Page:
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January 5th will witness spectacular parades, known as Cabalgatas de los Reyes Magos, in every city, town and village in Spain as sweets and presents are distributed to all as part of the celebrations of Dia de los Reyes. Santa Claus´ work is over, now it is the turn of the Kings.

Where and why ´Kings´ is celebrated

The celebration is based on the New Testament story of the three Kings, or wise men, Caspar, Balthasar and Melchior who travelled from afar to bring gifts of gold, frankincense and myrrh to the infant Jesus. In 1885, the Spanish government officially made the 6th January a national holiday with the parades the night before. It is now the longest standing parade in Spain.

Santa Cruz Suites in the future

If you’re staying at CLC Club La Costa World, you will be spoilt for choice as to which parade to attend. Malaga’s parade is the largest in the local area, while nearby Fuengirola boasts an equally impressive display or why not pop along the coast road to Marbella?

For those staying at CLC Paradise on Tenerife, you can witness the Kings arriving by helicopter (they’ve definitely caught up with the times there!), followed by the traditional parade.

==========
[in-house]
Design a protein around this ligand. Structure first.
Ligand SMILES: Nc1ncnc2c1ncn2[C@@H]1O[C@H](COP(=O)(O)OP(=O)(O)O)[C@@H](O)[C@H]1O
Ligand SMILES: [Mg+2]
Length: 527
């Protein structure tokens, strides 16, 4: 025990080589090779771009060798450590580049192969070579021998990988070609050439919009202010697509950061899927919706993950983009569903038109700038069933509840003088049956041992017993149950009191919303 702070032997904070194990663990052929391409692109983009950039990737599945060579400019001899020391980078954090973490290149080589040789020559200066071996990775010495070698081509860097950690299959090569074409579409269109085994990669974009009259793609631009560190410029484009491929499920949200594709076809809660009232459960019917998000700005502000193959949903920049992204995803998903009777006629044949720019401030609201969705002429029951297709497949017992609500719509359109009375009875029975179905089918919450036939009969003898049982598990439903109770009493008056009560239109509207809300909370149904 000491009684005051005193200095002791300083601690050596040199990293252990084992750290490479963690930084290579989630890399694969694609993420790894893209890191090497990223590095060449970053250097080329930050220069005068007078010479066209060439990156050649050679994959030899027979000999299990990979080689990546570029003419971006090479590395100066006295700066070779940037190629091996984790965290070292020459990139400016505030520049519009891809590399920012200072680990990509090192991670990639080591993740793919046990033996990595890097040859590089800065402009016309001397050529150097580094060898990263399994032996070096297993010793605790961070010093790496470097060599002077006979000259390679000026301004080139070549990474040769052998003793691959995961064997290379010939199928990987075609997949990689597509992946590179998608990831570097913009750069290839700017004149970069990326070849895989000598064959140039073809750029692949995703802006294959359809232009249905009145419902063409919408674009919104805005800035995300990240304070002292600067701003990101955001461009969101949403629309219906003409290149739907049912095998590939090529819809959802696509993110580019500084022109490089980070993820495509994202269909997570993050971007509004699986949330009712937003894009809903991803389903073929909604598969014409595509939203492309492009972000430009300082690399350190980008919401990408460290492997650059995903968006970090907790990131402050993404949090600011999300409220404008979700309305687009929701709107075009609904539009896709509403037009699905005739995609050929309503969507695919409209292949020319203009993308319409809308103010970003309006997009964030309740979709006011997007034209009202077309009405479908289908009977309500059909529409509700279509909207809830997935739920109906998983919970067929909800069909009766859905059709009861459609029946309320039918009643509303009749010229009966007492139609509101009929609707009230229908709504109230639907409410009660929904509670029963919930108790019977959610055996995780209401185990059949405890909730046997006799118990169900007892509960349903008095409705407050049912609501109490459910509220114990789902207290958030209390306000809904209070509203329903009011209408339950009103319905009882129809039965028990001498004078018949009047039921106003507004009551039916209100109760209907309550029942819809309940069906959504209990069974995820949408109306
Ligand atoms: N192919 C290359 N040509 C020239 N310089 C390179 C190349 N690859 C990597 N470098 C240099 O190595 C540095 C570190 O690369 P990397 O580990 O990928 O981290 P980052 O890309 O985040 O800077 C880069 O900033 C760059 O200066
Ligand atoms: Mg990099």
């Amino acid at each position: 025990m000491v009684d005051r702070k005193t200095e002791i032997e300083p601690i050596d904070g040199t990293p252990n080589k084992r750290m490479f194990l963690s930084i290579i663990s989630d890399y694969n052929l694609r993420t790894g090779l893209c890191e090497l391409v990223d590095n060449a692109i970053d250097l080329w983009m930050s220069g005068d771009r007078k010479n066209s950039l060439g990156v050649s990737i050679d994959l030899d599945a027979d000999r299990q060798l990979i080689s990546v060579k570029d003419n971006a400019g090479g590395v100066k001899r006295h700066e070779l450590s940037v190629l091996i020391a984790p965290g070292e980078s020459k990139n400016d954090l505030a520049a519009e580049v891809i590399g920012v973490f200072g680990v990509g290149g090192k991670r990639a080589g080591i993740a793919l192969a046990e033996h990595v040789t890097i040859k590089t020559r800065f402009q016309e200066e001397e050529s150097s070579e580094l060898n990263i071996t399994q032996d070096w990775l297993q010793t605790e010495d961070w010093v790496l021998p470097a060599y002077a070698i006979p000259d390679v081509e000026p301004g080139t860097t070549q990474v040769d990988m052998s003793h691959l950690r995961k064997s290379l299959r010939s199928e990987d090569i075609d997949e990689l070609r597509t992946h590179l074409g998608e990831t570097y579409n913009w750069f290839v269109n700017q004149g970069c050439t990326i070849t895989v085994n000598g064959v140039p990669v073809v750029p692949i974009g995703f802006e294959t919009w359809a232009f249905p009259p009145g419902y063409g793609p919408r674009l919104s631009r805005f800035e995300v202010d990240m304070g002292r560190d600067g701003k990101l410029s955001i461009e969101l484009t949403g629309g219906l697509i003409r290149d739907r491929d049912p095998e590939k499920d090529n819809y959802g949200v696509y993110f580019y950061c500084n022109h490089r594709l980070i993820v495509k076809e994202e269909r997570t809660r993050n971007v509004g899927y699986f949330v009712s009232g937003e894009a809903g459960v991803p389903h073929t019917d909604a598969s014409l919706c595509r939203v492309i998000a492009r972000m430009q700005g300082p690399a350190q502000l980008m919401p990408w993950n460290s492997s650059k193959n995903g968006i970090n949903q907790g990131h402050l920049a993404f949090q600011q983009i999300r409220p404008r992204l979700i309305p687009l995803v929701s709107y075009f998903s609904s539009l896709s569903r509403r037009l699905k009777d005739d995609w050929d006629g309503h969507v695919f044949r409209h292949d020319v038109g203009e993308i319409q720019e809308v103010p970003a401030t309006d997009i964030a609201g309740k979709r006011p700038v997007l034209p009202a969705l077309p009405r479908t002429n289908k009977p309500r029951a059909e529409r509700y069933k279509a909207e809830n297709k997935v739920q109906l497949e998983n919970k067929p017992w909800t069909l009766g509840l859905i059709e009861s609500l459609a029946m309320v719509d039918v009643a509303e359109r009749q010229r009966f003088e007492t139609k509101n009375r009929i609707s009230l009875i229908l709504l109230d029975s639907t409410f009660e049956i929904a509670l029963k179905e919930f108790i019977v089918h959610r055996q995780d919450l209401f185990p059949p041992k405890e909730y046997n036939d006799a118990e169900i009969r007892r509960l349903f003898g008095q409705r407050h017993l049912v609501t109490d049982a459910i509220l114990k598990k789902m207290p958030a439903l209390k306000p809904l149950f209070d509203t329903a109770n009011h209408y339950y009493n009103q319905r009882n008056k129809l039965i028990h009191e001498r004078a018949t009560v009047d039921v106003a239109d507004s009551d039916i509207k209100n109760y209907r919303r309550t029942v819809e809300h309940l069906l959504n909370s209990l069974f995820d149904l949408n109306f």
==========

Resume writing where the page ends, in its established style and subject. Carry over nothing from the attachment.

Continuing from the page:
Cabalgata candies


As Santa delivers gifts on Christmas Eve so the Kings arrive on the eve of Epìphany for their present distribution. It is a raucous, good-natured event as the streets throng with people lining the route as music blares and the Kings – either on horseback or riding in comfort on elaborate floats – pass through the thoroughfares, throwing sweets into the crowds. Children dive amongst the many feet scooping candies into their pockets and bags, occasionally taking a moment to pop one in their mouth.

Celebrating with bread and crowns

As Kings wear crowns it follows that the bejewelled headwear will make an appearance during the celebrations. The Rosca de Reyes (Kings´ Bread) is a circular sweet bread, often decorated with candied fruits representing the precious gems that bedecked the trio’s garments, and is enjoyed either for breakfast or as dessert following a delicious dinner. Children may also make their own crowns which they don at the dinner table.

Shoes at the door

Children leave their shoes outside their door so the Kings can deposit gifts inside them (one time when having big feet is a bonus!). Of course, really large presents are left around the shoes.

Sweets for Kings and hay for camels


The Kings are partial to the odd sweet too and later that evening, just as cookies and milk are left for Santa Claus, children will leave goodies for the Kings and hay for their camels to eat. Camels can be messy eaters and often there is a trail of hay leading to…

Wherever you are in Spain on 5th and 6th January, have a wonderful Dia de los Reyes!